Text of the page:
Lottie Hillard wrote an article called “The Shame of Needing” that could have been written about me. Fifteen years ago when I was in graduate school for counseling, I recall one of the advisors saying that my shame was gregarious. I carried an air of confidence, moving in relationships with classmates and clients with charm and ease that hid a deep fear of being exposed in my weakness or incompetency. My supervisor’s words triggered a neurophysiological response that made me want to crawl under a blanket and never come out. I didn’t realize that my self-protective strategy was even subtly apparent, let alone gregarious. I had been living with an inner critic that said, “Perform, buoy those around you, and don’t stop to feel the loneliness inside your soul.”
When I listen to that inner voice, I ignore my little girl who longs to know that there are bigger arms to catch me and offer a place of containment and safety.
That same year, my husband and I got married. We both came from significant trauma histories and had no idea how our attachment styles would collide to validate our biggest fears: that I was “too much” and that he would be engulfed by a woman’s needs. This setup catapulted us into a separation just one-and-a-half years into our marriage.
During that season, I occasionally slept at my best friend’s house to avoid the emptiness of my queen bed. One night I woke in the middle of the night feeling barraged by a sense of darkness, frightened by all that I was holding in my marriage. The feeling of deep deficiency was paralyzing, yet the idea of waking her up to ask for care felt like death. Like trying to move concrete blocks, I slowly and laboriously moved my body into her room. I paused when I saw her asleep next to her husband.
The very act of waking her felt like it could be the end of me. The powers of darkness did not want me to tap her shoulder that night; however, when I did so, I knew that something metaphysical was happening. I don’t remember what she said, but I remember her gentle, kind voice, her tears, and her strong arms that held me as I wept and expelled debilitating fear through deep groans. I remember her prophetic voice, which gave me a sense of imagination for a time when the pain wouldn’t be so intense.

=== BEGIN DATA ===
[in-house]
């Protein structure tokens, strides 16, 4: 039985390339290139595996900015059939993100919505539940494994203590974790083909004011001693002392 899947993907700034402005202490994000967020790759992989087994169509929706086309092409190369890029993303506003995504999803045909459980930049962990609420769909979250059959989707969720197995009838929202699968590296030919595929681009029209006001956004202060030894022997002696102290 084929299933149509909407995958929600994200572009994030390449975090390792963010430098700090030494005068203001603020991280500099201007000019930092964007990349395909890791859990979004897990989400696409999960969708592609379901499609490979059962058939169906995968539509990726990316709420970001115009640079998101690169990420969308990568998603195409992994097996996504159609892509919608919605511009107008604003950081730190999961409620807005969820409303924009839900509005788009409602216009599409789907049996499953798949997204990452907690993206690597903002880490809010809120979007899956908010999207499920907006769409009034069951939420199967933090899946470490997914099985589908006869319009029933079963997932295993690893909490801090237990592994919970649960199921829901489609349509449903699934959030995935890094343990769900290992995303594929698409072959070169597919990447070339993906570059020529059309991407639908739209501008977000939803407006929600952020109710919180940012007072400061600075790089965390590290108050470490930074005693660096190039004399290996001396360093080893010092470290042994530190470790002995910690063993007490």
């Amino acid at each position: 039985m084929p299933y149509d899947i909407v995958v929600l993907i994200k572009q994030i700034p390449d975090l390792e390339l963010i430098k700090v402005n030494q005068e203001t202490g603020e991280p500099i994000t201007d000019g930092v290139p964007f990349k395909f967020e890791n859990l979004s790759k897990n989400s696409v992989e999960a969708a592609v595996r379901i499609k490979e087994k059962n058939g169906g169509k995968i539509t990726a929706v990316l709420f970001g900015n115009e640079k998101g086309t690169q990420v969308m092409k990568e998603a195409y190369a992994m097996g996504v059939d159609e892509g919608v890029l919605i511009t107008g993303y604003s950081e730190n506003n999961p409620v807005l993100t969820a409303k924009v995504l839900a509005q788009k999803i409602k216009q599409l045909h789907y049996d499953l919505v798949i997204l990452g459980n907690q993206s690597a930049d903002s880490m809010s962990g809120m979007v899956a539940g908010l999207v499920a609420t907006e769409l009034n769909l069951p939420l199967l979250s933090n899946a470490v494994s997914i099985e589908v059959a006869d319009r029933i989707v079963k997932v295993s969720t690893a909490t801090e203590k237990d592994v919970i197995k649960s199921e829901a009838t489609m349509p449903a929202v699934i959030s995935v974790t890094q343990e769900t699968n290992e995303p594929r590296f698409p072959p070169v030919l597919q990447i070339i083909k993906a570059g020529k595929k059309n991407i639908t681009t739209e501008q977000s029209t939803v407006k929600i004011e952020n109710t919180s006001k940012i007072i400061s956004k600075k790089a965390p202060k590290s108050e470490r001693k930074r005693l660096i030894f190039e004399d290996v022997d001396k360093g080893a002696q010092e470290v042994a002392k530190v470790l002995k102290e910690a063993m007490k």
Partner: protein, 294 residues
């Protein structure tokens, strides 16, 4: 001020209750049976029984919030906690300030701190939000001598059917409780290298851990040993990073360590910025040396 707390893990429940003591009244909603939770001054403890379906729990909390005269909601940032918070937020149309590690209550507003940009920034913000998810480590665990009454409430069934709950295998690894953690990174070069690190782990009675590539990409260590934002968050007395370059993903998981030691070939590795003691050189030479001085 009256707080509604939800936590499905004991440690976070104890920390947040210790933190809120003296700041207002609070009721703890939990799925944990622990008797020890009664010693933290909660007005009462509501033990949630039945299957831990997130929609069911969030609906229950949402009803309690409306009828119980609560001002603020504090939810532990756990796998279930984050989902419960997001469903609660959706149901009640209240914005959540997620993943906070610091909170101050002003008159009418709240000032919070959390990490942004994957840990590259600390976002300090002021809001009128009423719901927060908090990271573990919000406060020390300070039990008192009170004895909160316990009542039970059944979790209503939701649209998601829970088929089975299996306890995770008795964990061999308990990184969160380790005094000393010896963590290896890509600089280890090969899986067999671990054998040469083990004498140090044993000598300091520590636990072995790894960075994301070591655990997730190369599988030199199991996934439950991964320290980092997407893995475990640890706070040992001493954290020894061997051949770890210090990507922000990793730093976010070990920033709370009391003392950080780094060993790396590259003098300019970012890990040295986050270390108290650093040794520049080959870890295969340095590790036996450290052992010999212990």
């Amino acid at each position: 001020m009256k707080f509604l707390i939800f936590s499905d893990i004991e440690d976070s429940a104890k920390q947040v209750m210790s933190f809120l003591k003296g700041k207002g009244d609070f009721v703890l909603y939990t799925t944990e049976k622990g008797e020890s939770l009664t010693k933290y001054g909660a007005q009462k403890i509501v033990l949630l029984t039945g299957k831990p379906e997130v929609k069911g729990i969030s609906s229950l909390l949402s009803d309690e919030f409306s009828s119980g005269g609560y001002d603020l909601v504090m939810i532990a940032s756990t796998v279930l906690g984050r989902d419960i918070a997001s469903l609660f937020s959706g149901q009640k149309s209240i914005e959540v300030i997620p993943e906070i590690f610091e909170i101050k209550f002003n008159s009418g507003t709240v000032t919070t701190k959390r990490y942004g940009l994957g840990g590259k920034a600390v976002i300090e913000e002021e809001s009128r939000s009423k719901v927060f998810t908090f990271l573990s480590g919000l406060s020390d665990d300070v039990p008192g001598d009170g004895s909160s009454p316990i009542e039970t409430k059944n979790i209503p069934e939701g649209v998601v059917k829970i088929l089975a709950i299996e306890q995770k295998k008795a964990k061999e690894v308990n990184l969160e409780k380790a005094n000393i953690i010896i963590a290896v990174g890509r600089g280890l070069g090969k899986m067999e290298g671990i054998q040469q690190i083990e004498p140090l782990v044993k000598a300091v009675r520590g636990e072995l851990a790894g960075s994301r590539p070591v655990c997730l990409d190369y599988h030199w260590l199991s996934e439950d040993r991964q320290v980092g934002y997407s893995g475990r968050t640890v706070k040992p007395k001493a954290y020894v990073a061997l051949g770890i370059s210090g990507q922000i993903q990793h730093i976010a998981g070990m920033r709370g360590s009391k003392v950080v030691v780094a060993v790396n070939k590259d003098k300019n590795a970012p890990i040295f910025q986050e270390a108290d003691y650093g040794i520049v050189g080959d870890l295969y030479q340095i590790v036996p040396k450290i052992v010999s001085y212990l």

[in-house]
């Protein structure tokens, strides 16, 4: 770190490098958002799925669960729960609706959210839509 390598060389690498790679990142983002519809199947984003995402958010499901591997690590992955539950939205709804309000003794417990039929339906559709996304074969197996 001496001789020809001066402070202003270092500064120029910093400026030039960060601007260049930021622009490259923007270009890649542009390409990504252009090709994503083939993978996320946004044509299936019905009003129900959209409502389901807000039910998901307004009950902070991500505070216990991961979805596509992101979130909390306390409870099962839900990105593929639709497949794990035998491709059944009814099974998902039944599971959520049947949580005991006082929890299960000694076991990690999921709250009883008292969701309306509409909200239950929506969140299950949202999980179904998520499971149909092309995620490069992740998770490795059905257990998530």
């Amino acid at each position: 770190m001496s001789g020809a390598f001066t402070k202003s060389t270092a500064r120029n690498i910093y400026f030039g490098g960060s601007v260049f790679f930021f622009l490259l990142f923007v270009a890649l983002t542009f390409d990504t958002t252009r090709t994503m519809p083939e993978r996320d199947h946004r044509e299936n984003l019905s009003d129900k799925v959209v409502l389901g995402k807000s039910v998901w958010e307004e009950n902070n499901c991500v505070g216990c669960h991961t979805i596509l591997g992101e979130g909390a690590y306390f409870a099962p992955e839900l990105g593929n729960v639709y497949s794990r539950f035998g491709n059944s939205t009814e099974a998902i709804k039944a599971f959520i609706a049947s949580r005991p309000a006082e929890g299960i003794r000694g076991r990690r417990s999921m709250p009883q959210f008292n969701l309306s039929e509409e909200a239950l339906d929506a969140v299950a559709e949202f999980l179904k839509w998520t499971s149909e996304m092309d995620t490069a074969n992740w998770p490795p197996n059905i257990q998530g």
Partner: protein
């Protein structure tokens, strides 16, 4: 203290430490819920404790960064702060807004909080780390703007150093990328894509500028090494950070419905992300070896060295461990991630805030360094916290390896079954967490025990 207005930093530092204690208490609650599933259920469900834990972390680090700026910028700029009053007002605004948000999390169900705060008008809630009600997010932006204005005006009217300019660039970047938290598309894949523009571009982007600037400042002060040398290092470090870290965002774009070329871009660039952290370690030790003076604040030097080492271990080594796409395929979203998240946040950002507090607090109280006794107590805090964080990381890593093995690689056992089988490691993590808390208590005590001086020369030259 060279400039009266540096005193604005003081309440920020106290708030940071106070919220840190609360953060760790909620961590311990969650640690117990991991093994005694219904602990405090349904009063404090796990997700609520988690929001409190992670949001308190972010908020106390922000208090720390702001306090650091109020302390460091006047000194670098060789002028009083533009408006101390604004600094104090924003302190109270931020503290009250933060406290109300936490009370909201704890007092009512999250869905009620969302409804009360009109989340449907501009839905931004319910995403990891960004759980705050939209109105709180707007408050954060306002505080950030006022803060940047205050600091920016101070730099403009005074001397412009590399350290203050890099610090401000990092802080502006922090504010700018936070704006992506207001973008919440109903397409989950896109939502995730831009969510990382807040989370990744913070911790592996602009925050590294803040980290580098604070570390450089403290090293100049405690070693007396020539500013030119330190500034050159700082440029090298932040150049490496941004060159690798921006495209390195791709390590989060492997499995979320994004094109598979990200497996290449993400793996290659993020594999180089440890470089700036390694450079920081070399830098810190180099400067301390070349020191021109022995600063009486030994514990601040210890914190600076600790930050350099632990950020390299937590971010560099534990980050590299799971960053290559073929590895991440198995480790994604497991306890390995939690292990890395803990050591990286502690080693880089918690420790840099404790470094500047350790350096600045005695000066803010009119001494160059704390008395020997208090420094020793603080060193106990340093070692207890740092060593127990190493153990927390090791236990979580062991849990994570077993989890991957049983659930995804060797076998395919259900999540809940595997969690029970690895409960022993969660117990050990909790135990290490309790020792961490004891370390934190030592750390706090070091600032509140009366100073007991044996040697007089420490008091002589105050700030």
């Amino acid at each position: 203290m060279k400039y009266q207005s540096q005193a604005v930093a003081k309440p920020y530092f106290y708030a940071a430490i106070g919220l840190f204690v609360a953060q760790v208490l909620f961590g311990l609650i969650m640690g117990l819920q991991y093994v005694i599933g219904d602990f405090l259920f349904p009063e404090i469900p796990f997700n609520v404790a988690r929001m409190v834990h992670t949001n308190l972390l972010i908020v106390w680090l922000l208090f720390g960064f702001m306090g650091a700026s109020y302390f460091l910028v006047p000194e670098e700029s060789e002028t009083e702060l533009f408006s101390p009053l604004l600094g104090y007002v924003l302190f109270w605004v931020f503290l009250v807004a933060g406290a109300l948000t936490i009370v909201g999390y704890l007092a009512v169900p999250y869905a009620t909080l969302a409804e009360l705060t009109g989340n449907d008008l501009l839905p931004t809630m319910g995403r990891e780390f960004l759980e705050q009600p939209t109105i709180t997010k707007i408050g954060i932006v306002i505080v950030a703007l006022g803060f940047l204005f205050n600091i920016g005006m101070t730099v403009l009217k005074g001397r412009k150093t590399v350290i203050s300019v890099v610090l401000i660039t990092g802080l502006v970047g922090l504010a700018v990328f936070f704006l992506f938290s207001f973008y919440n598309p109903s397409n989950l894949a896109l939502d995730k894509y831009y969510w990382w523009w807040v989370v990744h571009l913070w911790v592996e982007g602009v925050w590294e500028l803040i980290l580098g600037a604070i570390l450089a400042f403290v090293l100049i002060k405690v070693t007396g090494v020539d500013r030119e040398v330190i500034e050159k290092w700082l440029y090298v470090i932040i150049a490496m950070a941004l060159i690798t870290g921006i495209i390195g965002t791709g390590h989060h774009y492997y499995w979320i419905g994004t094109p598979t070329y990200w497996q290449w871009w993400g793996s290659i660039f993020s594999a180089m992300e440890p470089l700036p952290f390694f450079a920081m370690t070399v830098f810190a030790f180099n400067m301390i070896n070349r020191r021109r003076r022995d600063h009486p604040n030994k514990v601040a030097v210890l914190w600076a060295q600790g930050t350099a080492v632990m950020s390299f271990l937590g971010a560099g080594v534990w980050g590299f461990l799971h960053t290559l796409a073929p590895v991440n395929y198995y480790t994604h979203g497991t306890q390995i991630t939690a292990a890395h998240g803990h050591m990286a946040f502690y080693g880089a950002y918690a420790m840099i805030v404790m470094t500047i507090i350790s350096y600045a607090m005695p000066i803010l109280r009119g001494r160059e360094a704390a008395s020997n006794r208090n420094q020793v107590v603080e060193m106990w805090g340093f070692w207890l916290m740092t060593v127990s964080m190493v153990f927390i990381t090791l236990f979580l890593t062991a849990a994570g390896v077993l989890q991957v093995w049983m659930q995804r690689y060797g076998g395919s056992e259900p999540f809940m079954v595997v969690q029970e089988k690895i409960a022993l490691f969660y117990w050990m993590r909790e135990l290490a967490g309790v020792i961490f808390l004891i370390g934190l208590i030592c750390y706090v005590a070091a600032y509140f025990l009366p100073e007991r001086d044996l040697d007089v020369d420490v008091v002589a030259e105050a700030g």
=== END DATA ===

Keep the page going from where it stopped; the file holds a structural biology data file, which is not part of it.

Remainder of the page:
Jana Pressley, a trauma researcher and therapist, says that “every maladaptive coping strategy is adaptive in its original environment.” Growing up, I needed to keep weakness, childlikeness, or any type of fragility hidden, or it would have meant danger and destruction for me. That night at my friend’s house was like the first sledding run after a thick, heavy, wet snow. The sled didn’t move with ease, but it allowed the start of a new neural pathway.
Since then, I have come a long way. This month I am taking a four-week sabbatical from the work of mental health counseling. This is the first break I have taken in fifteen years. While I felt some hesitation in sharing this with my clients, I was also aware of the growth that has occurred in me since I began working in this profession.
This month I want to find ways to let my body lead me. My hope is to ask it each morning what it desires. “Do you want light? Movement? Sleep? A hot bath? Connection with a friend? To get lost in a good story?” I have resisted any formal plans to tackle, pushing back against the familiar voice that tells me I must produce to justify my existence. When the voice of my inner critic emerges, I will gently remind it that I have places now, including my marriage and my close friendships, where I am deeply loved, not for how I perform but just for being me.
If there is one thing I’ve learned from working as a counselor for the last fifteen years, it’s that real change is slow, involving one choice at a time, one shift at a time, one neuron at a time. As I look ahead to this year, I am choosing not to make any major resolutions but instead to keep an imagination for what it looks like for my childlike, awkward, and insecure parts to come out from behind the leg of my competent adult self, a place where they have felt safely tucked away. By noticing this little brown-eyed girl, I hope to live more embodied and to become more fully me.
Rachel Blackston loves all things beautiful…rich conversations over a hot cup of lemon ginger tea, watching her three little girls twirl around in tutus, and Florida sunrises on her morning walks. She resides in Orlando with her lanky, marathon running husband and her precious daughters, priceless gifts after several years of infertility. Rachel and her husband Michael cofounded Redeemer Counseling. As a therapist, Rachel considers it an honor to walk with women in their stories of harm, beauty, and redemption.